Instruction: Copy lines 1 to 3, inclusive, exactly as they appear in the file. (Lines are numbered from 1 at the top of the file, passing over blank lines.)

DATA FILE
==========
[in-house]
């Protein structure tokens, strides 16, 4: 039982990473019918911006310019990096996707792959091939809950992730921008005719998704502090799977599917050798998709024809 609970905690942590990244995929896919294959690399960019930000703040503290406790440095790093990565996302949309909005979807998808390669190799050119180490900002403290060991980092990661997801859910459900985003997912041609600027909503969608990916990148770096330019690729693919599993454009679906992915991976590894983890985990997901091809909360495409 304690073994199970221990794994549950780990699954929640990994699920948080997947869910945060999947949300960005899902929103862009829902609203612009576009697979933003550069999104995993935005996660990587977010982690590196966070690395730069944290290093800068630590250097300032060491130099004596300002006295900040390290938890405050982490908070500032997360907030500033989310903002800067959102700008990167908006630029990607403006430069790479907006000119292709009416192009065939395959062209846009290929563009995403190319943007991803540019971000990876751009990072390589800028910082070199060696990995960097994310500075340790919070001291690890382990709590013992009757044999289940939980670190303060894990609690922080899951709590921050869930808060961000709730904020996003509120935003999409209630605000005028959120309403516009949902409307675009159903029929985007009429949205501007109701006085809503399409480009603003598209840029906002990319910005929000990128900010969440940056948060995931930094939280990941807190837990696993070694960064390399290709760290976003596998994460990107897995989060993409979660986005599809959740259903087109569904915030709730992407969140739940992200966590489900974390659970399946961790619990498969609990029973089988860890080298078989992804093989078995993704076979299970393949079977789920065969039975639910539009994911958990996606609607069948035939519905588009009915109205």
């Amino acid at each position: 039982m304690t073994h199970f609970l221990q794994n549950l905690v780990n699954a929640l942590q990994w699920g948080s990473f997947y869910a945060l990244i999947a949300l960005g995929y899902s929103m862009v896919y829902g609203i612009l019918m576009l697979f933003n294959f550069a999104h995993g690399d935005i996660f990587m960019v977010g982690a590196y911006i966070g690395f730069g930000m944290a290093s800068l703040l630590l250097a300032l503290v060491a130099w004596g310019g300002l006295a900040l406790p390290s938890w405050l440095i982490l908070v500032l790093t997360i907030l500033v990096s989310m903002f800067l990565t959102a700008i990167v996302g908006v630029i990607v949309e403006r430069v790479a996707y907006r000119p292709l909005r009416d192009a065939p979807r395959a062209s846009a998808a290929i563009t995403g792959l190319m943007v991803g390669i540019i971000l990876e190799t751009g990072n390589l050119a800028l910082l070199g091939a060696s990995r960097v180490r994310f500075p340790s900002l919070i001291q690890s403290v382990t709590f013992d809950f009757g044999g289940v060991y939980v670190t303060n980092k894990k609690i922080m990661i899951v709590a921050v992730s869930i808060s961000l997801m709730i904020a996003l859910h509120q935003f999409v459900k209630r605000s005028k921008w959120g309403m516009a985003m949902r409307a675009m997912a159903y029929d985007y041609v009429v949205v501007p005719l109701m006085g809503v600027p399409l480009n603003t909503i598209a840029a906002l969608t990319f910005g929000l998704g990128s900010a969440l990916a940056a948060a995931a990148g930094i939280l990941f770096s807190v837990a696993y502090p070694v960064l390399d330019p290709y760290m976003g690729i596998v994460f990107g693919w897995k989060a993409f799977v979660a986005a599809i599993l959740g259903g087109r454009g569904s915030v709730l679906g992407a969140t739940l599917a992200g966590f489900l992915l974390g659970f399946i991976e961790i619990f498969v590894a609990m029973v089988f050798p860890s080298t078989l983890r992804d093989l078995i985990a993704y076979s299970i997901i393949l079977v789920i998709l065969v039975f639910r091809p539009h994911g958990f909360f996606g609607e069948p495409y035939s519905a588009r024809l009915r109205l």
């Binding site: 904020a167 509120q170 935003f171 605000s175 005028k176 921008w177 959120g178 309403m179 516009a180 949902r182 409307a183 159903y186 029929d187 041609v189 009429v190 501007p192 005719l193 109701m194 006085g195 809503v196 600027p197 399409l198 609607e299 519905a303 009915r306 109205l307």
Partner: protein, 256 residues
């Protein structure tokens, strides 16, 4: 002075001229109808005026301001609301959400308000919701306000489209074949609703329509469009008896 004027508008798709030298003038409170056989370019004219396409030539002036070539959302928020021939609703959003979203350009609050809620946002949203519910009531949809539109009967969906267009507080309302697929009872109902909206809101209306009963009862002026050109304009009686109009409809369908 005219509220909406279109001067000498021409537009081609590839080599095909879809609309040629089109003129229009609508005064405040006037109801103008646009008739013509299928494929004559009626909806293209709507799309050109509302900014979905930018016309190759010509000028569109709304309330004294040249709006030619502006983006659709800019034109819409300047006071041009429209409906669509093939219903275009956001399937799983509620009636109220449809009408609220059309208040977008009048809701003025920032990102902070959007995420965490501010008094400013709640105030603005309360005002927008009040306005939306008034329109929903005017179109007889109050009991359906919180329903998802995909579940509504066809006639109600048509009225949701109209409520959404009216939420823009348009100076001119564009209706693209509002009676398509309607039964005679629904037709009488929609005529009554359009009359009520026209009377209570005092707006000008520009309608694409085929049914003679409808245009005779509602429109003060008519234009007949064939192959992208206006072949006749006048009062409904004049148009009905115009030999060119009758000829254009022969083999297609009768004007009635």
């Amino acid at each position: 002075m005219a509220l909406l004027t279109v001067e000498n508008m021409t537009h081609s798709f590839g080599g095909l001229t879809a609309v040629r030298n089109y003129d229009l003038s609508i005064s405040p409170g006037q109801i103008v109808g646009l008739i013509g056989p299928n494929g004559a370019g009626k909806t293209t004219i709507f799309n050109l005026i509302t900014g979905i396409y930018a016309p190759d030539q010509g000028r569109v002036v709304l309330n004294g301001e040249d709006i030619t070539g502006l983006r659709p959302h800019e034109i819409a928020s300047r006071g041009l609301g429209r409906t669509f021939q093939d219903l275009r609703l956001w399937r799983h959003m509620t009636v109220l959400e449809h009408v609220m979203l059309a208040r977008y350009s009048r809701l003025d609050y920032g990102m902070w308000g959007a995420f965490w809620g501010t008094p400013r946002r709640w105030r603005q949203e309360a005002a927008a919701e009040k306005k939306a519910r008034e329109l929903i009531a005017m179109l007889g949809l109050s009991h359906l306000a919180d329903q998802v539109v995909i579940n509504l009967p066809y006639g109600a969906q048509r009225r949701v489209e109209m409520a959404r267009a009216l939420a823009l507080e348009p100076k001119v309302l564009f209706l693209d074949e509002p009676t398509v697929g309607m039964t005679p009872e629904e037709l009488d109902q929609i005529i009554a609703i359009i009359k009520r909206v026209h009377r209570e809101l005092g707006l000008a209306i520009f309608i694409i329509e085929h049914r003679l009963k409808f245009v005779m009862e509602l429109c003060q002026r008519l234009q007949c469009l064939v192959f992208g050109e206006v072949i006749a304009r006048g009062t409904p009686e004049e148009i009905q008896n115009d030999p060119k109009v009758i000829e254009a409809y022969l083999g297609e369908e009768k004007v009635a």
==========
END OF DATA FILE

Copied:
[in-house]
């Protein structure tokens, strides 16, 4: 039982990473019918911006310019990096996707792959091939809950992730921008005719998704502090799977599917050798998709024809 609970905690942590990244995929896919294959690399960019930000703040503290406790440095790093990565996302949309909005979807998808390669190799050119180490900002403290060991980092990661997801859910459900985003997912041609600027909503969608990916990148770096330019690729693919599993454009679906992915991976590894983890985990997901091809909360495409 304690073994199970221990794994549950780990699954929640990994699920948080997947869910945060999947949300960005899902929103862009829902609203612009576009697979933003550069999104995993935005996660990587977010982690590196966070690395730069944290290093800068630590250097300032060491130099004596300002006295900040390290938890405050982490908070500032997360907030500033989310903002800067959102700008990167908006630029990607403006430069790479907006000119292709009416192009065939395959062209846009290929563009995403190319943007991803540019971000990876751009990072390589800028910082070199060696990995960097994310500075340790919070001291690890382990709590013992009757044999289940939980670190303060894990609690922080899951709590921050869930808060961000709730904020996003509120935003999409209630605000005028959120309403516009949902409307675009159903029929985007009429949205501007109701006085809503399409480009603003598209840029906002990319910005929000990128900010969440940056948060995931930094939280990941807190837990696993070694960064390399290709760290976003596998994460990107897995989060993409979660986005599809959740259903087109569904915030709730992407969140739940992200966590489900974390659970399946961790619990498969609990029973089988860890080298078989992804093989078995993704076979299970393949079977789920065969039975639910539009994911958990996606609607069948035939519905588009009915109205």
């Amino acid at each position: 039982m304690t073994h199970f609970l221990q794994n549950l905690v780990n699954a929640l942590q990994w699920g948080s990473f997947y869910a945060l990244i999947a949300l960005g995929y899902s929103m862009v896919y829902g609203i612009l019918m576009l697979f933003n294959f550069a999104h995993g690399d935005i996660f990587m960019v977010g982690a590196y911006i966070g690395f730069g930000m944290a290093s800068l703040l630590l250097a300032l503290v060491a130099w004596g310019g300002l006295a900040l406790p390290s938890w405050l440095i982490l908070v500032l790093t997360i907030l500033v990096s989310m903002f800067l990565t959102a700008i990167v996302g908006v630029i990607v949309e403006r430069v790479a996707y907006r000119p292709l909005r009416d192009a065939p979807r395959a062209s846009a998808a290929i563009t995403g792959l190319m943007v991803g390669i540019i971000l990876e190799t751009g990072n390589l050119a800028l910082l070199g091939a060696s990995r960097v180490r994310f500075p340790s900002l919070i001291q690890s403290v382990t709590f013992d809950f009757g044999g289940v060991y939980v670190t303060n980092k894990k609690i922080m990661i899951v709590a921050v992730s869930i808060s961000l997801m709730i904020a996003l859910h509120q935003f999409v459900k209630r605000s005028k921008w959120g309403m516009a985003m949902r409307a675009m997912a159903y029929d985007y041609v009429v949205v501007p005719l109701m006085g809503v600027p399409l480009n603003t909503i598209a840029a906002l969608t990319f910005g929000l998704g990128s900010a969440l990916a940056a948060a995931a990148g930094i939280l990941f770096s807190v837990a696993y502090p070694v960064l390399d330019p290709y760290m976003g690729i596998v994460f990107g693919w897995k989060a993409f799977v979660a986005a599809i599993l959740g259903g087109r454009g569904s915030v709730l679906g992407a969140t739940l599917a992200g966590f489900l992915l974390g659970f399946i991976e961790i619990f498969v590894a609990m029973v089988f050798p860890s080298t078989l983890r992804d093989l078995i985990a993704y076979s299970i997901i393949l079977v789920i998709l065969v039975f639910r091809p539009h994911g958990f909360f996606g609607e069948p495409y035939s519905a588009r024809l009915r109205l």